Deer Creek Appraisals can help you remove your Private Mortgage Insurance
A 20% down payment is usually accepted when buying a house. The lender's risk is usually only the difference between the home value and the sum outstanding on the loan, so the 20% supplies a nice buffer against the charges of foreclosure, reselling the home, and typical value changes in the event a borrower is unable to pay.
The market was taking down payments as low as 10, 5 and often 0 percent during the mortgage boom of the last decade. A lender is able to endure the increased risk of the low down payment with Private Mortgage Insurance or PMI. This supplementary policy takes care of the lender in the event a borrower doesn't pay on the loan and the value of the home is lower than what the borrower still owes on the loan.
PMI can be pricey to a borrower in that the $40-$50 a month per $100,000 borrowed is lumped into the mortgage monthly payment and generally isn't even tax deductible. Unlike a piggyback loan where the lender absorbs all the losses, PMI is advantageous for the lender because they collect the money, and they get the money if the borrower doesn't pay.
Does your monthly mortgage payment include PMI? Contact us, you may be able to save money by removing your PMI.
How can a homeowner refrain from bearing the expense of PMI?
The Homeowners Protection Act of 1998 obligates the lenders on most loans to automatically eliminate the PMI when the principal balance of the loan reaches 78 percent of the primary loan amount. The law states that, at the request of the homeowner, the PMI must be abandoned when the principal amount reaches only 80 percent. So, keen homeowners can get off the hook ahead of time.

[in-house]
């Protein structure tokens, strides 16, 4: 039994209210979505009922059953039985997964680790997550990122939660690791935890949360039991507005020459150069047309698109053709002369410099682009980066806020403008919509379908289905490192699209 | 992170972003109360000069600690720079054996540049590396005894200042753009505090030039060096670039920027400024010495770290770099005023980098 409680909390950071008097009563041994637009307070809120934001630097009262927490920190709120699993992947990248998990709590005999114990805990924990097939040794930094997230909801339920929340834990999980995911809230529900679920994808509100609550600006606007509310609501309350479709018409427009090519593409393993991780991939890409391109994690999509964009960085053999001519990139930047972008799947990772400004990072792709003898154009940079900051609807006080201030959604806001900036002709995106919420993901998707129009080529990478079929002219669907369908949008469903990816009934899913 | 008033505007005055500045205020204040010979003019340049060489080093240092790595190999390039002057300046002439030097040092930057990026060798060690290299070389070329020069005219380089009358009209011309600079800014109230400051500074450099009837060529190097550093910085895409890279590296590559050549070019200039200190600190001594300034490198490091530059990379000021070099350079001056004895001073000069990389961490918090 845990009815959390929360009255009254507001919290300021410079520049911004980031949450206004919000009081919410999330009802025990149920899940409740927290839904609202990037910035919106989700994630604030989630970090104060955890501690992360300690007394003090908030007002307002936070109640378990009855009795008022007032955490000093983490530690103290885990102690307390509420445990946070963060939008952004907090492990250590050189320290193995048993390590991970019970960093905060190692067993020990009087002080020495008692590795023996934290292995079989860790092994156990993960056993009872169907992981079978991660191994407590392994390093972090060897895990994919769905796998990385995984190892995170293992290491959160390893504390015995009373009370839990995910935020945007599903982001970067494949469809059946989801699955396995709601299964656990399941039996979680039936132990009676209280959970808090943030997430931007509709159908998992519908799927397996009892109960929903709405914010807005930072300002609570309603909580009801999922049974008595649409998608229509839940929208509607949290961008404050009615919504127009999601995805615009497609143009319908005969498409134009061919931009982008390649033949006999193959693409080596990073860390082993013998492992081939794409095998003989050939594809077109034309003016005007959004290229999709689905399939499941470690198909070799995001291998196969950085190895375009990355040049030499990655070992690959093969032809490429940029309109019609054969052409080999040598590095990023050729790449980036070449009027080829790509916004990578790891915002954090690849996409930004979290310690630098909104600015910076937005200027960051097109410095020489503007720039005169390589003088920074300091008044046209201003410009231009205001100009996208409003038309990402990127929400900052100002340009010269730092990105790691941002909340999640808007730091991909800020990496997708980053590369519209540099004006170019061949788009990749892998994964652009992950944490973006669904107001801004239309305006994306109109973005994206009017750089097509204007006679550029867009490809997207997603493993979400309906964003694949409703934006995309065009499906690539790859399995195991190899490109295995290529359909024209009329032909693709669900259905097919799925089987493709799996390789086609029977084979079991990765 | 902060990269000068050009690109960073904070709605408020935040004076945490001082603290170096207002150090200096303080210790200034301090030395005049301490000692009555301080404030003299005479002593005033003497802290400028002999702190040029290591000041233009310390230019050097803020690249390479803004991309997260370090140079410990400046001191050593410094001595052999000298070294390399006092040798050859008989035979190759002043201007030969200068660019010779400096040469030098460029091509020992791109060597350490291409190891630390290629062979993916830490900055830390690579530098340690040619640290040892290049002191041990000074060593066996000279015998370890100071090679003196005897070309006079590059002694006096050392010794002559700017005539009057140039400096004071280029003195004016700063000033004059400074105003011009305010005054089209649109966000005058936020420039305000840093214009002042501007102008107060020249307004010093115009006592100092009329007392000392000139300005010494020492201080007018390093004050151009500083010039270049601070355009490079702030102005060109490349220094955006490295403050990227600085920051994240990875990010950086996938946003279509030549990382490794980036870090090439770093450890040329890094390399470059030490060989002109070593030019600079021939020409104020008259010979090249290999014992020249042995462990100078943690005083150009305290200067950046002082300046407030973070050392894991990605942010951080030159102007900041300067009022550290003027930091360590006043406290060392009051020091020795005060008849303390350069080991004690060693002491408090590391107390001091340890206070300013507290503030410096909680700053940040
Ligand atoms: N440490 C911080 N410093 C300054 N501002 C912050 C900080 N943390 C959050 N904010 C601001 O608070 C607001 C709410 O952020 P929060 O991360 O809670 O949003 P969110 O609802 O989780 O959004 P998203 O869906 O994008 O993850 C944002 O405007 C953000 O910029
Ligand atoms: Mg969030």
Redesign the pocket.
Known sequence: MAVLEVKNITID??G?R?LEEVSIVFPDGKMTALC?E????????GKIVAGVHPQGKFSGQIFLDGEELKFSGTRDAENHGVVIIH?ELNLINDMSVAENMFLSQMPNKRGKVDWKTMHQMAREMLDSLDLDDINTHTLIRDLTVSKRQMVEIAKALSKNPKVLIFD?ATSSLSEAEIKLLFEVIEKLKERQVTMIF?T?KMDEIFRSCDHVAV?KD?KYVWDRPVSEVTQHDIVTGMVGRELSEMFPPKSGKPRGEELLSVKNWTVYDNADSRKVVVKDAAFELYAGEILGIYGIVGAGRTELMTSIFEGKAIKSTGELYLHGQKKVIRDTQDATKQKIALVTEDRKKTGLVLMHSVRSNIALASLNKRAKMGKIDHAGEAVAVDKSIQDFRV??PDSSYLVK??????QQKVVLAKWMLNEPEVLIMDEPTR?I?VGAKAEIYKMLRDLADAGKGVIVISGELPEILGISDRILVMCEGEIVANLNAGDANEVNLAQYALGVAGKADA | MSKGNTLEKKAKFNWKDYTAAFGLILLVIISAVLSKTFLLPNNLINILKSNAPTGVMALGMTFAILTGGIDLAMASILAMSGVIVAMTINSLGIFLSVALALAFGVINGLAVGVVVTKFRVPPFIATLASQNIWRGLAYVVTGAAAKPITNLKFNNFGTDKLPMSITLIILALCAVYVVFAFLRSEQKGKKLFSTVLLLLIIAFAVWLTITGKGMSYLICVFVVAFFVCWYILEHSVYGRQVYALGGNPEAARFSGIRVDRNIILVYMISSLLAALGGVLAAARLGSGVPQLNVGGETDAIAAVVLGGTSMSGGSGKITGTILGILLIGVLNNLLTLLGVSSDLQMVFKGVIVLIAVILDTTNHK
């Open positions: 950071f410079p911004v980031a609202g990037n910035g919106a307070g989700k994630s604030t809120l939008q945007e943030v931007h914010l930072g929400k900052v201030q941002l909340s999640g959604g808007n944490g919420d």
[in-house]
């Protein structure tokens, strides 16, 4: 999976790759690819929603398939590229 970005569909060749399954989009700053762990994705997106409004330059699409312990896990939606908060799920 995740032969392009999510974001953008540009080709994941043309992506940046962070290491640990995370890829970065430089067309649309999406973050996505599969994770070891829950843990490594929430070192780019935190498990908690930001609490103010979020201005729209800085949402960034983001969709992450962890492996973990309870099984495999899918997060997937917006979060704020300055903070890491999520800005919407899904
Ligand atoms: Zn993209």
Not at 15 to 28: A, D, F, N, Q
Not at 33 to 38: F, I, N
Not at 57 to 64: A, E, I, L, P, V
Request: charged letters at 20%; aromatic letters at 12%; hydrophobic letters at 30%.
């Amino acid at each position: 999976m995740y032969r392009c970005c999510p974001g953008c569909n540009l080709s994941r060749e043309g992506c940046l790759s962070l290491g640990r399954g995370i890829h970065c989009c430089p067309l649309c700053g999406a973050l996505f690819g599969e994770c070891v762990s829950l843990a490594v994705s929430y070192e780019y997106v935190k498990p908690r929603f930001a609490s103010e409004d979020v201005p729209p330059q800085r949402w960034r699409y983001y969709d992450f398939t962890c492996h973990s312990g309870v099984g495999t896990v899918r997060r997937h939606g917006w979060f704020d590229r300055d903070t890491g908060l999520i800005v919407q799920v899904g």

It can take countless years to get to the point where the principal is just 20% of the original amount borrowed, so it's important to know how your home has grown in value. After all, all of the appreciation you've accomplished over the years counts towards removing PMI. So why pay it after the balance of your loan has fallen below the 80% mark? Your neighborhood may not be adhering to the national trends and/or your home might have acquired equity before things simmered down, so even when nationwide trends predict declining home values, you should understand that real estate is local.
An accredited, licensed real estate appraiser can help home owners understand just when their home's equity rises above the 20% point, as it's a hard thing to know. It's an appraiser's job to understand the market dynamics of their area. At Deer Creek Appraisals, we're experts at analyzing value trends in Denver, Jefferson County and surrounding areas, and we know when property values have risen or declined. When faced with figures from an appraiser, the mortgage company will generally do away with the PMI with little anxiety. At that time, the home owner can delight in the savings from that point on.
Want to learn more about PMI and the Homeowners Protection Act? Click this link: